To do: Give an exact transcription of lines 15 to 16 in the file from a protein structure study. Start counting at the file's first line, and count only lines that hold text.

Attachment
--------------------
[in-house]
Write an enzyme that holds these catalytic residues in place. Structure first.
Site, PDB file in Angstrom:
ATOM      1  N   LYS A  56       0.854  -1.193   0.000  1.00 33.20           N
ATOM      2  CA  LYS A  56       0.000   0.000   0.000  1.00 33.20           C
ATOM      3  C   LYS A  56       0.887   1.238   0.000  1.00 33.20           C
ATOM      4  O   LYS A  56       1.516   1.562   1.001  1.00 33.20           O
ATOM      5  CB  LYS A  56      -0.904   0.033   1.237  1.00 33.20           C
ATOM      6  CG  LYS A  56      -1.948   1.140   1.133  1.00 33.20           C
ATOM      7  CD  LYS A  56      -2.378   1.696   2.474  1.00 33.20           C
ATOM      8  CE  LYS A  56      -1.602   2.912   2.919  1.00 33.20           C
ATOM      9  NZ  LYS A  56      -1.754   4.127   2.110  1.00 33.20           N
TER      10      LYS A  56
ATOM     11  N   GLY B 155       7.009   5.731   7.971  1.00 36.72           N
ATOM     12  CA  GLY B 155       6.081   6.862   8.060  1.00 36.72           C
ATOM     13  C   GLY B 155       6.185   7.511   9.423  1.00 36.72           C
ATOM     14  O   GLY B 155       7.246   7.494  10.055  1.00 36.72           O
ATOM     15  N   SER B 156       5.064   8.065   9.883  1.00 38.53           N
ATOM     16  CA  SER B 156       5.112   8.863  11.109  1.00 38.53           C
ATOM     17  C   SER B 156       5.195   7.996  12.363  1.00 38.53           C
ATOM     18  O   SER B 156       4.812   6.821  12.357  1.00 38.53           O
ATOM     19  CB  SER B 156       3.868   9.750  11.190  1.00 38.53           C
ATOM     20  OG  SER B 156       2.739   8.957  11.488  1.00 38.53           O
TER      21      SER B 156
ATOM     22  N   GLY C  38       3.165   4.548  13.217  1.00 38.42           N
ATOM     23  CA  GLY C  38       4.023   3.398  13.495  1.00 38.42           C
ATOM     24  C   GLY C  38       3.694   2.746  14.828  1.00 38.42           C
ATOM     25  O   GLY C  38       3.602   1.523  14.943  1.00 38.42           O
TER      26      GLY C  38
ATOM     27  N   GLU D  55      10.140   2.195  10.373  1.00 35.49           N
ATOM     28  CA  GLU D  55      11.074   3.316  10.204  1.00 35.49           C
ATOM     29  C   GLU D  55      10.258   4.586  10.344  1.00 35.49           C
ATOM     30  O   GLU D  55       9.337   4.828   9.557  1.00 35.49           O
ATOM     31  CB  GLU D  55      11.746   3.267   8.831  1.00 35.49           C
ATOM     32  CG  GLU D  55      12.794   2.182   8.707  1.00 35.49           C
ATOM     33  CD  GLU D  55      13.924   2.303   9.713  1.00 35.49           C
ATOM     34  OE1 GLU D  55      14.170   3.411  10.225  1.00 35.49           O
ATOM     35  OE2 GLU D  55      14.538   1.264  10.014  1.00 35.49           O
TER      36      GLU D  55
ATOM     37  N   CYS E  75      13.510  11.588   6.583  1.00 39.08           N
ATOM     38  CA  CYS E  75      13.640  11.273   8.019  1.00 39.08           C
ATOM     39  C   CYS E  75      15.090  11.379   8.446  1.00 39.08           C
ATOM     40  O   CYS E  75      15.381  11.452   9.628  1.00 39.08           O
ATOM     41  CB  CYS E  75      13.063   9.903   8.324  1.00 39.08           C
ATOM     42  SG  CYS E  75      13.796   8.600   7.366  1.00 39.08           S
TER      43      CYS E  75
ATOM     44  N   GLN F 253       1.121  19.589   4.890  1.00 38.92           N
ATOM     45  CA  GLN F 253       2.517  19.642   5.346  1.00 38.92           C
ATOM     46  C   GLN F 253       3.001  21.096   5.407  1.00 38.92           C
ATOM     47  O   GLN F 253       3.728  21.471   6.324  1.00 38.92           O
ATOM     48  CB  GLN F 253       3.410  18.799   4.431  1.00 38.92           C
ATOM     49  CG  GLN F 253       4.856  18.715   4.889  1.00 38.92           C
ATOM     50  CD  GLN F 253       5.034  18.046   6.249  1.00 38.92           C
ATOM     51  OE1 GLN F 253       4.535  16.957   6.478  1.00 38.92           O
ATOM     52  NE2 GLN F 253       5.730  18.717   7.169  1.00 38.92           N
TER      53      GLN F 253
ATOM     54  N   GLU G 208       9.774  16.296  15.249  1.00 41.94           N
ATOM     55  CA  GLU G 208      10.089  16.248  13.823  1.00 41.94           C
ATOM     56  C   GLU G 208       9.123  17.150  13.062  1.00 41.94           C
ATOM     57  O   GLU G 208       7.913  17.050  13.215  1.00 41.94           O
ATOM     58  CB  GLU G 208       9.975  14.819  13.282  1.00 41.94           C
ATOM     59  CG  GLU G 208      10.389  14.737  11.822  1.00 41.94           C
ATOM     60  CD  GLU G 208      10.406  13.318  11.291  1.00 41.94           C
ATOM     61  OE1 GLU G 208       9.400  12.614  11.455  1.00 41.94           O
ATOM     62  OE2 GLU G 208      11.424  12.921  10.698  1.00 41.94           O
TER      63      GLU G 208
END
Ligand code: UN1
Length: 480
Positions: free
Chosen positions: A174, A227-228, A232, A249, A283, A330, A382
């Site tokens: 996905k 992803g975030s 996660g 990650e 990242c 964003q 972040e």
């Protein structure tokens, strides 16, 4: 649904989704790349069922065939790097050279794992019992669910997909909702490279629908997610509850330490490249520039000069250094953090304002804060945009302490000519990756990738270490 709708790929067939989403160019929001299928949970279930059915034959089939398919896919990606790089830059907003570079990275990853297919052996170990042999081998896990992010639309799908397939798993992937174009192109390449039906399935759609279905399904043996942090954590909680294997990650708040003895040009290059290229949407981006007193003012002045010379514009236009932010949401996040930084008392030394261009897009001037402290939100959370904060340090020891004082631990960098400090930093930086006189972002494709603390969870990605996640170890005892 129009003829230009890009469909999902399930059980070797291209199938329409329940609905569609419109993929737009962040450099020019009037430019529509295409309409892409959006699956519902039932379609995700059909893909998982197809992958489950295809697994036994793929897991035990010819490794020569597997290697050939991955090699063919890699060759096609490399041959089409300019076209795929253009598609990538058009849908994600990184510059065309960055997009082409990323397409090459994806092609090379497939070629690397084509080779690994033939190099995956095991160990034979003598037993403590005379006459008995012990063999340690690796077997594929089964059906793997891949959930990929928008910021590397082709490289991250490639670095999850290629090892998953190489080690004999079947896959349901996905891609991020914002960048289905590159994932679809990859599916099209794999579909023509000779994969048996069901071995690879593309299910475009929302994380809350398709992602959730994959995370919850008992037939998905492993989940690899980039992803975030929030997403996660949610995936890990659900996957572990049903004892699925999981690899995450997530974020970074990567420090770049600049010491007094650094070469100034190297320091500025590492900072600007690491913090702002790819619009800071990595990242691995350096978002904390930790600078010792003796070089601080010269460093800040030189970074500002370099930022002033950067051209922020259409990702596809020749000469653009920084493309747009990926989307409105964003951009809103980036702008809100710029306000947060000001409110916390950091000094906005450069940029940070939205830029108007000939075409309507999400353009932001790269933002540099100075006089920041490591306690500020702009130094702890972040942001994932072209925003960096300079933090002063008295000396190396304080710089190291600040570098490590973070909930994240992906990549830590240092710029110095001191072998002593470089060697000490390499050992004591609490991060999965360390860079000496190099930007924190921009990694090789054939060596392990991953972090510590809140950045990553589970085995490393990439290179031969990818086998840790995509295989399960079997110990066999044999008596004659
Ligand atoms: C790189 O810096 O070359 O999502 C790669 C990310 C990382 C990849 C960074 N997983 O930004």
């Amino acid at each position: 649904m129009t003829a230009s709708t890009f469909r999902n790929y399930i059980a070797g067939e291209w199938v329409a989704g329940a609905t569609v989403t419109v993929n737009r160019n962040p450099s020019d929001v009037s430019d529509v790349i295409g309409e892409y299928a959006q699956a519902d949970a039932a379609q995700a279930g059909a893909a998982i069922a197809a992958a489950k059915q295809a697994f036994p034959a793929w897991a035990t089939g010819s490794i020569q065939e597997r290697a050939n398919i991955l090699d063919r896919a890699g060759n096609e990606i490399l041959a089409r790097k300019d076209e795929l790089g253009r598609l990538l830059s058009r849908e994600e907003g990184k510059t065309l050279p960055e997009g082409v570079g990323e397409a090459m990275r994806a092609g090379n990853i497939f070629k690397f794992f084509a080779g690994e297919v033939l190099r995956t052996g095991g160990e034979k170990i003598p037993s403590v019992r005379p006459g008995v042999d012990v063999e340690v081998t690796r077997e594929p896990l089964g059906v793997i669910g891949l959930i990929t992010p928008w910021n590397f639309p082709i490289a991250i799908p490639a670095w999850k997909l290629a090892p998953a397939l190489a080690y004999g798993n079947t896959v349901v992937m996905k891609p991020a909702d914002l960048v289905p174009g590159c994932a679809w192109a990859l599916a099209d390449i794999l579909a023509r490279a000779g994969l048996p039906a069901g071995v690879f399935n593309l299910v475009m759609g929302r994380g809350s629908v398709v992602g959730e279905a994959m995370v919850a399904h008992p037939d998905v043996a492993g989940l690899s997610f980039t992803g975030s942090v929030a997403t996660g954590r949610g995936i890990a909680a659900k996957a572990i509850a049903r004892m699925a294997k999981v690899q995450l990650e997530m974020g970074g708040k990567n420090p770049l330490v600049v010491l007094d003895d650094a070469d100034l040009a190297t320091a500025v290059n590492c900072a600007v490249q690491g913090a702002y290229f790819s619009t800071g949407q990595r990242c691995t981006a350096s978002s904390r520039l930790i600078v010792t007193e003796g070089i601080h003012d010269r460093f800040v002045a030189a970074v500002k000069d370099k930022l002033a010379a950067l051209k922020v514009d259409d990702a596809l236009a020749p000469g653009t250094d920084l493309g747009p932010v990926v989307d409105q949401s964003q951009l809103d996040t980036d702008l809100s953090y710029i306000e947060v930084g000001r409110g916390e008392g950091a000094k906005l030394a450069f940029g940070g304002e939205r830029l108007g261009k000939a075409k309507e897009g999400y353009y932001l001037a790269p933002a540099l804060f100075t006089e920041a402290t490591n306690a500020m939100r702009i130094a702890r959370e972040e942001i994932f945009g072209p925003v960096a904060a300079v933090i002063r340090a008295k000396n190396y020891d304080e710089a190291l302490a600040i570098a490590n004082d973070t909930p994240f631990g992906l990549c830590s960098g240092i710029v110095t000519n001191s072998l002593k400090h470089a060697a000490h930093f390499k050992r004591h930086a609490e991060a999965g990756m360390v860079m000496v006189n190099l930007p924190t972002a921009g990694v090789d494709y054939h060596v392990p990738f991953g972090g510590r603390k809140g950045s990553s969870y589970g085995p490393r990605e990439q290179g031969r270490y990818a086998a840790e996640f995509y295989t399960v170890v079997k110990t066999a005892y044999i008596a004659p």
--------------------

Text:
ATOM     12  CA  GLY B 155       6.081   6.862   8.060  1.00 36.72           C
ATOM     13  C   GLY B 155       6.185   7.511   9.423  1.00 36.72           C